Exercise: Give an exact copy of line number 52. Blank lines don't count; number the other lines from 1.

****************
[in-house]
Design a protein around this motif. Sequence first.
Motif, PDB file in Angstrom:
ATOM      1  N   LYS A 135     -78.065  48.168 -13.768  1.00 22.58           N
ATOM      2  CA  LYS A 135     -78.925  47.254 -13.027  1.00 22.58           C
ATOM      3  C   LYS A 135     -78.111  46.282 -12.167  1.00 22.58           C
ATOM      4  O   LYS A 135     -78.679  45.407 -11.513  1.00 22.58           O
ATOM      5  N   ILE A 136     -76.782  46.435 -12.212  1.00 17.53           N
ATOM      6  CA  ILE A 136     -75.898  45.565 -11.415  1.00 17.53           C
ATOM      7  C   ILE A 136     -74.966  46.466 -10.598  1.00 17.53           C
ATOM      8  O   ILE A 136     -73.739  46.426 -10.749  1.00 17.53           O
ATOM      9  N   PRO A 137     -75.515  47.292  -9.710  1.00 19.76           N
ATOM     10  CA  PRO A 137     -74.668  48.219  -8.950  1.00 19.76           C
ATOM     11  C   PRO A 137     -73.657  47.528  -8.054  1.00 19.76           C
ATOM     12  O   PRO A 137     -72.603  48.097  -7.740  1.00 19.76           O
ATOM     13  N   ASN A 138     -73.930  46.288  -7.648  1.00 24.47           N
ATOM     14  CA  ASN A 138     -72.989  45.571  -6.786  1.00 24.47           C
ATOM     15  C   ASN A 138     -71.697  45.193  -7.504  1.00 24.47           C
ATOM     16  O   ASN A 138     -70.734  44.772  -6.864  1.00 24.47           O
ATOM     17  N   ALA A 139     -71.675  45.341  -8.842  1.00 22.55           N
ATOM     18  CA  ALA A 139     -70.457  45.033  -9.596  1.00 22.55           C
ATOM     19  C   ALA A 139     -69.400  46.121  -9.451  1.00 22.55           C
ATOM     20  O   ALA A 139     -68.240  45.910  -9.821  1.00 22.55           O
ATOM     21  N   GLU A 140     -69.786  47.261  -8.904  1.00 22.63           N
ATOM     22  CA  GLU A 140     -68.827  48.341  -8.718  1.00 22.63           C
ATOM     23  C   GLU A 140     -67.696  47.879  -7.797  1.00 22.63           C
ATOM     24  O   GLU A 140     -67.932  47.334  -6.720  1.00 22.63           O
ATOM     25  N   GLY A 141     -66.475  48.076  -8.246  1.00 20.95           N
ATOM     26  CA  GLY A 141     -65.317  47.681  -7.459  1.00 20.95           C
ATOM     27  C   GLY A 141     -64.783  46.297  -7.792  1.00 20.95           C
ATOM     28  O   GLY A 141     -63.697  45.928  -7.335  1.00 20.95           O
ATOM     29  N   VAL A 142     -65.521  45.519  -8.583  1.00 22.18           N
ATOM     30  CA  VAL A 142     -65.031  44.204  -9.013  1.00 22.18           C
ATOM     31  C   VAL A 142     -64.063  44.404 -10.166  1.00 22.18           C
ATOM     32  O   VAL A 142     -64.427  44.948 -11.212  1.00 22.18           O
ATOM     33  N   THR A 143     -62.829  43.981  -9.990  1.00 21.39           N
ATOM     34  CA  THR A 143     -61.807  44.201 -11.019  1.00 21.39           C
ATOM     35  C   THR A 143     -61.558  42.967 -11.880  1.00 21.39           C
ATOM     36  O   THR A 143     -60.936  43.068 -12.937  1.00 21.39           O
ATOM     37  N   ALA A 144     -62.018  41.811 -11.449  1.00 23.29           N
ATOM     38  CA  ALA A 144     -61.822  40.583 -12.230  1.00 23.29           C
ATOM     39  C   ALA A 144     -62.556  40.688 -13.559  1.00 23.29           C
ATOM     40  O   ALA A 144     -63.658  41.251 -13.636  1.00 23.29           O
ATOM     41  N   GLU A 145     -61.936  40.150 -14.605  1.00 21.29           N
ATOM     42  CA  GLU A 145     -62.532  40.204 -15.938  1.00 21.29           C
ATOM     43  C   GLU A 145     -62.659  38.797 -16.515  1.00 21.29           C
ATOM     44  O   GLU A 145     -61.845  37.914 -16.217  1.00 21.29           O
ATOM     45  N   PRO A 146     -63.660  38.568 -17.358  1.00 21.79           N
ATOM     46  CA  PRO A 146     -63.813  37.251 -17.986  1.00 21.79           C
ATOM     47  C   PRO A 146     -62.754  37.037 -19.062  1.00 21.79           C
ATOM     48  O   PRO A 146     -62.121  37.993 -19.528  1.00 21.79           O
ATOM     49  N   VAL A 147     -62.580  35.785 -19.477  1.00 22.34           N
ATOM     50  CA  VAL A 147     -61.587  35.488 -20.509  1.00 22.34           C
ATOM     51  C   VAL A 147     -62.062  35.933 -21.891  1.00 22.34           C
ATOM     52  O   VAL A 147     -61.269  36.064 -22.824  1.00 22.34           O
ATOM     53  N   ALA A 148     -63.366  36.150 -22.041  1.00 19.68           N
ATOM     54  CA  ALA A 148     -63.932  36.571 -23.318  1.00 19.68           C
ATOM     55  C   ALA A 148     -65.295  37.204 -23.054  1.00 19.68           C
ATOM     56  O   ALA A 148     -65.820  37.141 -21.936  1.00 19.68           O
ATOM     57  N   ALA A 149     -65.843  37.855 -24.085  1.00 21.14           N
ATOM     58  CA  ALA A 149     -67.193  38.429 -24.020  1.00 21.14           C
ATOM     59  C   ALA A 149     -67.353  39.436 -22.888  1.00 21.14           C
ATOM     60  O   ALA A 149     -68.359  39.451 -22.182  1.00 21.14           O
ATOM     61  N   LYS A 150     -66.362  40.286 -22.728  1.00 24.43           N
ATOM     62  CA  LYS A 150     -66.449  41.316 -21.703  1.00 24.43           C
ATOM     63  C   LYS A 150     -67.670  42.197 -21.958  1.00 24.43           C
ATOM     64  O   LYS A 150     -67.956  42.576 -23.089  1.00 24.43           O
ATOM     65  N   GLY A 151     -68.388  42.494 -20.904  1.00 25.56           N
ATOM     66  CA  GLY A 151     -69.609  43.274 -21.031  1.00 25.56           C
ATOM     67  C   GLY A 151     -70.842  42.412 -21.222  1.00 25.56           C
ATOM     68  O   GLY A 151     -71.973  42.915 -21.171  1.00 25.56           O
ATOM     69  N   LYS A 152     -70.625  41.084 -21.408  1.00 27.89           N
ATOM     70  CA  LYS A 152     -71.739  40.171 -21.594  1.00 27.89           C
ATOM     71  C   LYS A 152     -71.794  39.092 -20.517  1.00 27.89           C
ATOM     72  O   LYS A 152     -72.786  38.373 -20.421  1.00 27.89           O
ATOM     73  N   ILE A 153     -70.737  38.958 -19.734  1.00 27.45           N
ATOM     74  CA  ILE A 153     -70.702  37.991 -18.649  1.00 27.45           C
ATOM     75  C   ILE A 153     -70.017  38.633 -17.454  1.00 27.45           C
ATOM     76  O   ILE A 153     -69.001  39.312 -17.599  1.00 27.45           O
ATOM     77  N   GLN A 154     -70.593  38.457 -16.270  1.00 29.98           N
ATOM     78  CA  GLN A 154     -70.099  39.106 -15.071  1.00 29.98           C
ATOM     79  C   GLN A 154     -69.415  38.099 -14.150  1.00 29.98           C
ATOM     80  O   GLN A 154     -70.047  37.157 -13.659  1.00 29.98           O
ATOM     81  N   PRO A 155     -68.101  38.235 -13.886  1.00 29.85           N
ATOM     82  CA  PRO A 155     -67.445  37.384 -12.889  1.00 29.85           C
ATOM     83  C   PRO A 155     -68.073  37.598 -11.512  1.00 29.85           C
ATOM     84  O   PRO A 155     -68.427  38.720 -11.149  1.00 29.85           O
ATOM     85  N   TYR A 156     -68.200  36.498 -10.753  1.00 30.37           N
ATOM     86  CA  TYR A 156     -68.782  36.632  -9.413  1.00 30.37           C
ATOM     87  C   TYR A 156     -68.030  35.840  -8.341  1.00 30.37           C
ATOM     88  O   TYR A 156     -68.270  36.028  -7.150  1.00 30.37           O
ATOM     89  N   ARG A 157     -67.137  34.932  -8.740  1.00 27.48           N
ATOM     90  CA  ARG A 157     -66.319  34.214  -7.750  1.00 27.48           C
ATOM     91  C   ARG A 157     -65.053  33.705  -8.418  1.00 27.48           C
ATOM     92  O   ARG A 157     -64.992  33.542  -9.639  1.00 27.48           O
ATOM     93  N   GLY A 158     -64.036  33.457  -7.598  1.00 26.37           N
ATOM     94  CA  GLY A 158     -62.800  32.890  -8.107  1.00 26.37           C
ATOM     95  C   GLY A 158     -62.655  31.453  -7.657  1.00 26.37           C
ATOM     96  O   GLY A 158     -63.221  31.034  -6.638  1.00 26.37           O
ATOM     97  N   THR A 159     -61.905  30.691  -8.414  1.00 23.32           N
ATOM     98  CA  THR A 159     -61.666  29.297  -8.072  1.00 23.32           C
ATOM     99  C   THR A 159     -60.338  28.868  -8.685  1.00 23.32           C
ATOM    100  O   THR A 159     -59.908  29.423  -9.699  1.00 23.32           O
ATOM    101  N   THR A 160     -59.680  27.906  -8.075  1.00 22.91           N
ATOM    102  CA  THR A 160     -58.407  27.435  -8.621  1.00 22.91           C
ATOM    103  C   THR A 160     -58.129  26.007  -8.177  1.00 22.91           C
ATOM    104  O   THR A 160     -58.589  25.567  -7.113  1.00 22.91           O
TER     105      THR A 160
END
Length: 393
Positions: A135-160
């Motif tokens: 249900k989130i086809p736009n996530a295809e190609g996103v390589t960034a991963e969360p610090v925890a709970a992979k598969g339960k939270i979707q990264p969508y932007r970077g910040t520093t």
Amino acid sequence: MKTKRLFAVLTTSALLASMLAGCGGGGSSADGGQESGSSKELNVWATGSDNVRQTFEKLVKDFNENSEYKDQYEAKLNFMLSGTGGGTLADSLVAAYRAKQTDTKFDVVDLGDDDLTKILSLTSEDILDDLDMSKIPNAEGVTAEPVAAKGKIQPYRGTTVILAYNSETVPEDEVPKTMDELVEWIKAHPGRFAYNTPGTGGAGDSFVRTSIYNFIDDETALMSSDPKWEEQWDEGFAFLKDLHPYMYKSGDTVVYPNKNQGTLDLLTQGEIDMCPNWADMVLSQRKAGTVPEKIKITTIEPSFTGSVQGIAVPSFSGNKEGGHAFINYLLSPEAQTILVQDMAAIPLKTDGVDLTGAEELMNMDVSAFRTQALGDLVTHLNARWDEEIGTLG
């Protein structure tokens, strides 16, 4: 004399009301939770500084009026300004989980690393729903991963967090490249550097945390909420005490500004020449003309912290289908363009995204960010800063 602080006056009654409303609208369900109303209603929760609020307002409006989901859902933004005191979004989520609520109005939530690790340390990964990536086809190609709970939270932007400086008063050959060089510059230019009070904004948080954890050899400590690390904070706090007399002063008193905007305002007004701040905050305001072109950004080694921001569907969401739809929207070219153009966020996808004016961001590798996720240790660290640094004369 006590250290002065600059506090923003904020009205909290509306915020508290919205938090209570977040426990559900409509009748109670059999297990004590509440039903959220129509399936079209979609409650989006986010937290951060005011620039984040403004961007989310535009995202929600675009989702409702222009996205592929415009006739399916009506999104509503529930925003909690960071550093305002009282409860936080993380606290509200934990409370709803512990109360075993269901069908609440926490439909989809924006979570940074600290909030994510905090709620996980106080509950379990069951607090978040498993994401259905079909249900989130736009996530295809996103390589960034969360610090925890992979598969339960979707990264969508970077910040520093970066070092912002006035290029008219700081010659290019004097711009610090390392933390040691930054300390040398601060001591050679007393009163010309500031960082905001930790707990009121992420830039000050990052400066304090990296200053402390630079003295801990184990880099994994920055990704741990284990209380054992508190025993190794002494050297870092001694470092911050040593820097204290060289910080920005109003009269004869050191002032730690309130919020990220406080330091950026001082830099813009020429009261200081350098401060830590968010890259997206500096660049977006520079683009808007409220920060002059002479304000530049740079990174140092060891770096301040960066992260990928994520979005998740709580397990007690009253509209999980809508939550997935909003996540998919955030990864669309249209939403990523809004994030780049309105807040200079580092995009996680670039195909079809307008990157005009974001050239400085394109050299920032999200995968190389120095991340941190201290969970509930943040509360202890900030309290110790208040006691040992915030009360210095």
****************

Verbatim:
ATOM     49  N   VAL A 147     -62.580  35.785 -19.477  1.00 22.34           N